Bangalore: Efforts to revive 52-year-old Koteshwari went in vain on Tuesday. The daily wage labourer from a Coxtown slum, one of the poorest parts of the city, was rushed to hospital when she fell ill after drinking illegally brewed liquor, or hooch.
Koteshwari was one of the nearly 113 people here and 40 people in the neighbouring Krishnagiri district in Tamil Nadu that hooch has claimed as victims since Sunday, in one of the worst tragedies in this region. Such deaths are common in India. In April 2005, 22 people died after drinking the illicit brew on the city’s outskirts. In January that year, hooch killed nearly 100 slum dwellers in Mumbai.
By now, excise officials in Karnataka and Tamil Nadu are fairly certain that the hooch that took so many lives sprung from the same source because the deaths were reported in east Bangalore city and towns such as Anekal and Attibele in Karnataka and Thali across the Tamil Nadu border.
Tamil Nadu officials say that most of the 40 people who died in Krishnagiri were construction workers who bought the brew across the border.
In July 2007, Karnataka banned arrack, a country liquor available at Rs11 per 100ml, following similar bans in Andhra Pradesh, Tamil Nadu and Kerala.
The ban forced the poor to move to the higher priced branded liquor such as brandy and whisky that are known as Indian-made foreign liquor, or IMFL, sales of which have doubled to over three million cases a month in Karnataka from an earlier 1.4 million cases.
However, Sunday’s tragedy shows that bootlegging is thriving, though Karnataka’s excise department says it has been vigilant, having registered about 1,000 cases against hooch brewers and confiscated some 47,484 litres since July.
“The (arrack) ban had an impact only for a few days. People in this area have been buying it all these months,” said Muniyamma, a resident of Devarajeevanahalli whose husband Nagaraj died on Sunday. She says the police were aware of the goings-on but didn’t do anything about it. The excise department suspended nine officials on Tuesday on charges of negligence.
The victims in Devarajeevanahalli, where a majority of the deaths took place, are mostly labourers like Muniyamma and Nagaraj, earning about Rs150 a day. They pay around Rs4 for a bucket of water because there is no piped water, while 100ml of hooch costs Rs10. “My husband has been drinking (arrack) for the past 20 years and nothing happened,” said Muniyamma.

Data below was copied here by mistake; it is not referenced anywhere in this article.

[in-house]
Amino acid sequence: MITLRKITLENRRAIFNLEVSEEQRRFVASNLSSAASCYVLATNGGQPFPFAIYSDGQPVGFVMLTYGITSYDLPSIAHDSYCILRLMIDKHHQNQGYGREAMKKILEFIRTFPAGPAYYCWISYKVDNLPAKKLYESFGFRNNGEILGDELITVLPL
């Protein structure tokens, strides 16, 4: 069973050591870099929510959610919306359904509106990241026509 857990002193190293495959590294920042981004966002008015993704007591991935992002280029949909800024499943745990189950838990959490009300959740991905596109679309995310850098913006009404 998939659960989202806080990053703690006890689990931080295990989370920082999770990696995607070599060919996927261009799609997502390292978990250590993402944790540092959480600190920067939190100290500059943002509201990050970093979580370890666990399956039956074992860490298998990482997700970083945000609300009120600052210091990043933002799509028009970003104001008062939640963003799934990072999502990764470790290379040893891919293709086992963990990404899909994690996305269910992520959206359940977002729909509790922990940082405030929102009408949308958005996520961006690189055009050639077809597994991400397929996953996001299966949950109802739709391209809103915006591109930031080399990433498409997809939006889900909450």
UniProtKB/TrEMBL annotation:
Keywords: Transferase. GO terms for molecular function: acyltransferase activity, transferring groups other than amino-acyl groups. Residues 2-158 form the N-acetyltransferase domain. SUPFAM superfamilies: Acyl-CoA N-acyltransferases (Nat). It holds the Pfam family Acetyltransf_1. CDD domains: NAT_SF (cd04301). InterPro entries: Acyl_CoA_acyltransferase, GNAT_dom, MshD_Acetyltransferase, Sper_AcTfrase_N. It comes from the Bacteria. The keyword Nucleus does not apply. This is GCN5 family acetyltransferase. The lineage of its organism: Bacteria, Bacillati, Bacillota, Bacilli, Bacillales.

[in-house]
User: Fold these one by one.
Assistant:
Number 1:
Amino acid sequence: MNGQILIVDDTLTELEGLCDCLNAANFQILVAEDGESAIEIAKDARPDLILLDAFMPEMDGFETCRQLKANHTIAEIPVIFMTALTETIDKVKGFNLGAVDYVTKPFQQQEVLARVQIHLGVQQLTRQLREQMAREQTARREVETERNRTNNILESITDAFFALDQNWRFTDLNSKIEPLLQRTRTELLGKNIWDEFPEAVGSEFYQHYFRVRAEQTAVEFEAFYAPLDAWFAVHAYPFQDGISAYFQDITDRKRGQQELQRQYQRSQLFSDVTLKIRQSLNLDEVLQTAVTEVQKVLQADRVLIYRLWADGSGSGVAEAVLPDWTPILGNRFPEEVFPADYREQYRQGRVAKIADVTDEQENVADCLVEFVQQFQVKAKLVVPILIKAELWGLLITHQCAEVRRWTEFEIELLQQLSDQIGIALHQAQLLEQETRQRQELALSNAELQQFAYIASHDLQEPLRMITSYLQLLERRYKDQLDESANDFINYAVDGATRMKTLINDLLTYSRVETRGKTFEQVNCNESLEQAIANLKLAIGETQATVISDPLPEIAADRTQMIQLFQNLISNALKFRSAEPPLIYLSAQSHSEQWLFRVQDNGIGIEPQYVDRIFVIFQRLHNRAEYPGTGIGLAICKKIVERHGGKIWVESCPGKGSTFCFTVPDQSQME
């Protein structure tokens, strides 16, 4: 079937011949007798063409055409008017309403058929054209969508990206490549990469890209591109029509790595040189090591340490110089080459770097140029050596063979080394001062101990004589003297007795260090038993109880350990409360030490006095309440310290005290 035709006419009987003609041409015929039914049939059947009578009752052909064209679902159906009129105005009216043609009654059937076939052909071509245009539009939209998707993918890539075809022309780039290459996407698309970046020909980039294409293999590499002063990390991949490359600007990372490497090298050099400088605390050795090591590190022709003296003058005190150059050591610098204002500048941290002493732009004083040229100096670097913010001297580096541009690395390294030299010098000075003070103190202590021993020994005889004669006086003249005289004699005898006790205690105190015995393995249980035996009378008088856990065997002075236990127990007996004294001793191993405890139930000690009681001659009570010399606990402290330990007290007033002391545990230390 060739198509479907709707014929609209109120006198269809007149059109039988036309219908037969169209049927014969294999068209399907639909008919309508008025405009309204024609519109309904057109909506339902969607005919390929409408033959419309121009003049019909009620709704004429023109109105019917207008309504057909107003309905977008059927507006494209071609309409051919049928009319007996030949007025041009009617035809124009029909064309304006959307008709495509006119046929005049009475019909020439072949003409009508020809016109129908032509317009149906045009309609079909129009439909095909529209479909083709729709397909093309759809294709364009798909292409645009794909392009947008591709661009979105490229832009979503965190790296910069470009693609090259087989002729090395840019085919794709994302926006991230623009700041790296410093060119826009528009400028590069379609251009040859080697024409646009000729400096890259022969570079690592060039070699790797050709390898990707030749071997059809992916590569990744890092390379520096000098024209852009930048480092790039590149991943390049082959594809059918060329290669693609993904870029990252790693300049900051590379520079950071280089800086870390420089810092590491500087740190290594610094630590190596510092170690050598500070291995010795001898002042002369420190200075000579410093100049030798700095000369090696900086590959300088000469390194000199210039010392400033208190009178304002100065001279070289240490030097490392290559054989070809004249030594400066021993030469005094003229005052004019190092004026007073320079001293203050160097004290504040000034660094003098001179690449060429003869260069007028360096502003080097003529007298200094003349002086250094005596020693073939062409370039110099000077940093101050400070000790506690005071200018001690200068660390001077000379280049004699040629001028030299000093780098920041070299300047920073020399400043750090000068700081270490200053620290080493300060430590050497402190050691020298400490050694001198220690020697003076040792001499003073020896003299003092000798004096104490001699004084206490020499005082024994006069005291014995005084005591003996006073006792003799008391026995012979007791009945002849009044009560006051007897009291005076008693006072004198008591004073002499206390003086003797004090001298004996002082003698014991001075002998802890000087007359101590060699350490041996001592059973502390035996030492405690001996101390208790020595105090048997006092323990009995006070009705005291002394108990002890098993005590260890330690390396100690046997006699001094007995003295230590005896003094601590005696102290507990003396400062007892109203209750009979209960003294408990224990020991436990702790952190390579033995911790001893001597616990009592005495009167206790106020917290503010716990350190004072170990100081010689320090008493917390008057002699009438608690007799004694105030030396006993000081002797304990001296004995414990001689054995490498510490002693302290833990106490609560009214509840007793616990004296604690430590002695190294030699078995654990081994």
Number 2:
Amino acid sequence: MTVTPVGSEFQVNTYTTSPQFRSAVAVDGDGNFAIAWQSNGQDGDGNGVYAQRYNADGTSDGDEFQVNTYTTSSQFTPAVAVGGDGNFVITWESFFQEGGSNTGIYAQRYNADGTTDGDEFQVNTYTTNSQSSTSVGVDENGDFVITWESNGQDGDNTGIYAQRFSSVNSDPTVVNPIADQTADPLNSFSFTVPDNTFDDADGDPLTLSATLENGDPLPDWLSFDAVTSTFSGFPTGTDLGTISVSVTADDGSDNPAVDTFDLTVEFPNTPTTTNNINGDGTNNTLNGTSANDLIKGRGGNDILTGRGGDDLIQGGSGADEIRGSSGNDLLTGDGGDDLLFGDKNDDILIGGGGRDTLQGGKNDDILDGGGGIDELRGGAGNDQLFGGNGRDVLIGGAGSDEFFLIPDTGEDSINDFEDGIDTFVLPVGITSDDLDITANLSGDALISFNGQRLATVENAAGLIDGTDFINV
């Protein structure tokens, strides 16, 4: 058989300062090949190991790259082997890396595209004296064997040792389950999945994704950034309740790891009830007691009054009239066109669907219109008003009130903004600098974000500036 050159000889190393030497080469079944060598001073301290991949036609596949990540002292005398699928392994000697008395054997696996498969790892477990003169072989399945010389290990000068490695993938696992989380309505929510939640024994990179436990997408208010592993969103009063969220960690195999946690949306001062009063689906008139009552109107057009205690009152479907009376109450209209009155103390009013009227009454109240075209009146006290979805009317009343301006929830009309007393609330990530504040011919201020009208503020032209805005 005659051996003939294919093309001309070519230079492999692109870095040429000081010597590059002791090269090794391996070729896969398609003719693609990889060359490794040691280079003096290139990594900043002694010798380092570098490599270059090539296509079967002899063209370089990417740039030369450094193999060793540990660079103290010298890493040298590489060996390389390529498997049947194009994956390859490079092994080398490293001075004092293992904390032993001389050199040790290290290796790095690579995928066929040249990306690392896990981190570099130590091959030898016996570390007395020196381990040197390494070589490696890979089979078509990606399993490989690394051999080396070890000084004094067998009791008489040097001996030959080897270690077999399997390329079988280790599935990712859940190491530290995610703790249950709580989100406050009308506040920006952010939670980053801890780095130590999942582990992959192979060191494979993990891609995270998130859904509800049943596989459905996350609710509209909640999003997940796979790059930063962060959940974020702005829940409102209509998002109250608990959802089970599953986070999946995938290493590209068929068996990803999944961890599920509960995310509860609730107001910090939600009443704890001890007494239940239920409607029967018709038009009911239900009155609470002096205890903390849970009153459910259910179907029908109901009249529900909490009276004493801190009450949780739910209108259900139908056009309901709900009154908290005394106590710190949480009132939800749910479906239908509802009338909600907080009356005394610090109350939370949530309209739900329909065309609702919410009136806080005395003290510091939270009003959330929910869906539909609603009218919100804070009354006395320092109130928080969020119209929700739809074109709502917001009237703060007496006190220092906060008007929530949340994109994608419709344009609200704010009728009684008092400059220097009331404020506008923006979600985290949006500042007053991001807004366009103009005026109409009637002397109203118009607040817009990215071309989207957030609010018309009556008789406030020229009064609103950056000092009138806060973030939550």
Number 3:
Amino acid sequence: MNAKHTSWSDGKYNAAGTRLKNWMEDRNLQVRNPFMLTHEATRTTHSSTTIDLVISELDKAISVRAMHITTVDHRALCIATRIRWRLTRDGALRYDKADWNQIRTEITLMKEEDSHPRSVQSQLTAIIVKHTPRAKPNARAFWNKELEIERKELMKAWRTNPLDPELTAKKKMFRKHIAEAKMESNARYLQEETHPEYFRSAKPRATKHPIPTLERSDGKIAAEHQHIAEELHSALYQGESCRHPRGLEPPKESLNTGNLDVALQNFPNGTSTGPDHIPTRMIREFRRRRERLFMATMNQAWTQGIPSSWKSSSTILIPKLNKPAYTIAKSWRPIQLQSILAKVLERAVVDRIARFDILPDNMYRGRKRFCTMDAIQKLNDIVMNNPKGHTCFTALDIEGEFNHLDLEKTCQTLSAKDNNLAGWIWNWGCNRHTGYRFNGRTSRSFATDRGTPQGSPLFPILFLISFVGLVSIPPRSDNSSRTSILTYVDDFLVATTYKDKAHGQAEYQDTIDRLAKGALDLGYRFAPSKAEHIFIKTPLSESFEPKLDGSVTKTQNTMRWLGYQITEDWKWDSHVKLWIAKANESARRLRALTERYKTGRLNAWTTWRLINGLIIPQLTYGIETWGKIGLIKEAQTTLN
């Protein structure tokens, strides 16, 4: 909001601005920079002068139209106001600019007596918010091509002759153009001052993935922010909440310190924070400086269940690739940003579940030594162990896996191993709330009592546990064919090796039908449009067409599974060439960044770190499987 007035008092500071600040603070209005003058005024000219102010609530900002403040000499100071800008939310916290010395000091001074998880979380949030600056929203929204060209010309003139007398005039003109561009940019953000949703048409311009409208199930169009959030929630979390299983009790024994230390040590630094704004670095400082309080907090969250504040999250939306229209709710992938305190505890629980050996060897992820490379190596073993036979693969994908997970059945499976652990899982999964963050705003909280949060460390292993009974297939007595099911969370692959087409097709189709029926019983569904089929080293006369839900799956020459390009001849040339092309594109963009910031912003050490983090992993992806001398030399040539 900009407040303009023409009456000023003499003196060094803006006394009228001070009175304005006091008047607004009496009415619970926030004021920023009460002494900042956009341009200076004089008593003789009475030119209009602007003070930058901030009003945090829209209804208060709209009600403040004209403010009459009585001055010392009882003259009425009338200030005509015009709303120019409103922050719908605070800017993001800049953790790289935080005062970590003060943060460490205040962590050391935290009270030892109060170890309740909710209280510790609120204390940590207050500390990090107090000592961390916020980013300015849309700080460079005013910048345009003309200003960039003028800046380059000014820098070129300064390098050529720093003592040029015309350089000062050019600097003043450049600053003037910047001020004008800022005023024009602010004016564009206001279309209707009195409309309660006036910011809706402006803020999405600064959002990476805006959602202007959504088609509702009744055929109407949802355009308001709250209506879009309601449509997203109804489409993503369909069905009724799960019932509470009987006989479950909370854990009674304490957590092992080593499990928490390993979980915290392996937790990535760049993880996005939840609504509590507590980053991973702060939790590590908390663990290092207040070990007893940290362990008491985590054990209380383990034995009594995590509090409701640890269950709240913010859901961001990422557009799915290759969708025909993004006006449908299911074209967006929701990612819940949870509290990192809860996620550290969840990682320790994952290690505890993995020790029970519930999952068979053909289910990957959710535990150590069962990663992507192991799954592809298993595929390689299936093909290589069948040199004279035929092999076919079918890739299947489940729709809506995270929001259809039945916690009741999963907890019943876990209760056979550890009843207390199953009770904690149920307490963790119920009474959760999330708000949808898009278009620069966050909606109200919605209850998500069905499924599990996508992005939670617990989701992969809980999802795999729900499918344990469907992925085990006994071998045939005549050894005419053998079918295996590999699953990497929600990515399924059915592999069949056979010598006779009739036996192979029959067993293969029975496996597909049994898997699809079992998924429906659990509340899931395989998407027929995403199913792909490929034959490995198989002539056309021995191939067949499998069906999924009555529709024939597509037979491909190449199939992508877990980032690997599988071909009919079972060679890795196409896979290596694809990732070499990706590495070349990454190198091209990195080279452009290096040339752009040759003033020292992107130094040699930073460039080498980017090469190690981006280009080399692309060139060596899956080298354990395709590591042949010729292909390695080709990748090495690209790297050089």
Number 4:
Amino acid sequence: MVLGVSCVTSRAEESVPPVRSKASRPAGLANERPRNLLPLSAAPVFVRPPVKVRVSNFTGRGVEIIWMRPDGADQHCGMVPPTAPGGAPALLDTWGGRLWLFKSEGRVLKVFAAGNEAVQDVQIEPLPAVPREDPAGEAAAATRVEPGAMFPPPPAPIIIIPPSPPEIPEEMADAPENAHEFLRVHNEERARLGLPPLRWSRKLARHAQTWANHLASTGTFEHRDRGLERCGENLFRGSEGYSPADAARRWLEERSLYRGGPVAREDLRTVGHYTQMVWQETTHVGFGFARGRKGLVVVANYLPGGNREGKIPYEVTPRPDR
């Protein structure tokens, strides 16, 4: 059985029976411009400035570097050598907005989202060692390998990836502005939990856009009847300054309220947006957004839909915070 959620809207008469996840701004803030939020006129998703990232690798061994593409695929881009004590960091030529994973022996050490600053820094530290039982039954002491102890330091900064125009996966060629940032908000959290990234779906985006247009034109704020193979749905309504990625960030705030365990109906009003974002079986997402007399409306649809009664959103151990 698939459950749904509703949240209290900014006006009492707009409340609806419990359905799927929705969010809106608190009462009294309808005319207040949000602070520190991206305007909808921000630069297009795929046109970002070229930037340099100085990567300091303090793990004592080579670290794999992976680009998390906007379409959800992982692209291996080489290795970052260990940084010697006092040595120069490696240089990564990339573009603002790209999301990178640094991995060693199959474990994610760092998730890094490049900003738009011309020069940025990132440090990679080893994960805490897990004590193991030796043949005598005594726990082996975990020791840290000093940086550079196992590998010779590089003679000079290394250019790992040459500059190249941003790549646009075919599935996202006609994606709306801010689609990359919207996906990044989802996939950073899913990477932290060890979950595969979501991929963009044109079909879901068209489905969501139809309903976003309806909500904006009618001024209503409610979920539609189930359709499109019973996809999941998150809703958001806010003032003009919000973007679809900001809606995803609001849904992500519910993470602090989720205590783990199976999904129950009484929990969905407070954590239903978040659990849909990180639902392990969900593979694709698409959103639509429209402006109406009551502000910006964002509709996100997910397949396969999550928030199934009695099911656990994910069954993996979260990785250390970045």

“There are about three or four places where it was available,” said Rajendra, a municipality worker who was hospitalized on Tuesday after he fell ill drinking the hooch.
The deaths have triggered a political blame game in the state where the final phase of assembly elections ends on Thursday. Congress party leader and MP Janardhana Poojary, who belongs to the Billava community of traditional toddy tappers, has been the most vocal, saying the ban on arrack has been disastrous for the poor.
However, the Bharatiya Janata Party which takes credit for the ban, says the hooch tragedy is the work of its political rivals.
Hooch deaths have occurred in all the southern states even when arrack was freely available. “The arrack ban has nothing to do with hooch tragedies,” said Johnson J. Edayaranmula, spokesman for the Delhi-based Indian Alcohol Policy Alliance, a non-governmental organization.
“Basically, all hooch tragedies are related to business rivalry (among hooch brewers),” said Johnson, who says he is currently counselling Manichan, a convict serving life imprisonment for a hooch tragedy in Kalluvathukkal in Kerala that killed 33 people in 2000. “No political party can wash its hands of because all patronise them.”
H.P. Erappa, joint director of excise intelligence bureau in Karnataka, says hooch turns deadly when it’s laced with methanol, or methyl alcohol, used in drug making as a purifying or cleaning agent.
“A majority of the hooch tragedies involve methanol and we have been very sensitive (about the way it is handled),” said G. Tilakavati, who heads Tamil Nadu’s Prohibition Enforcement Wing.
In Karnataka, there is a demand to amend rules to allow the excise department monitor transportation of methanol, said B.R. Jagashetty, the state’s drug controller whose department currently awards licences to methanol dealers.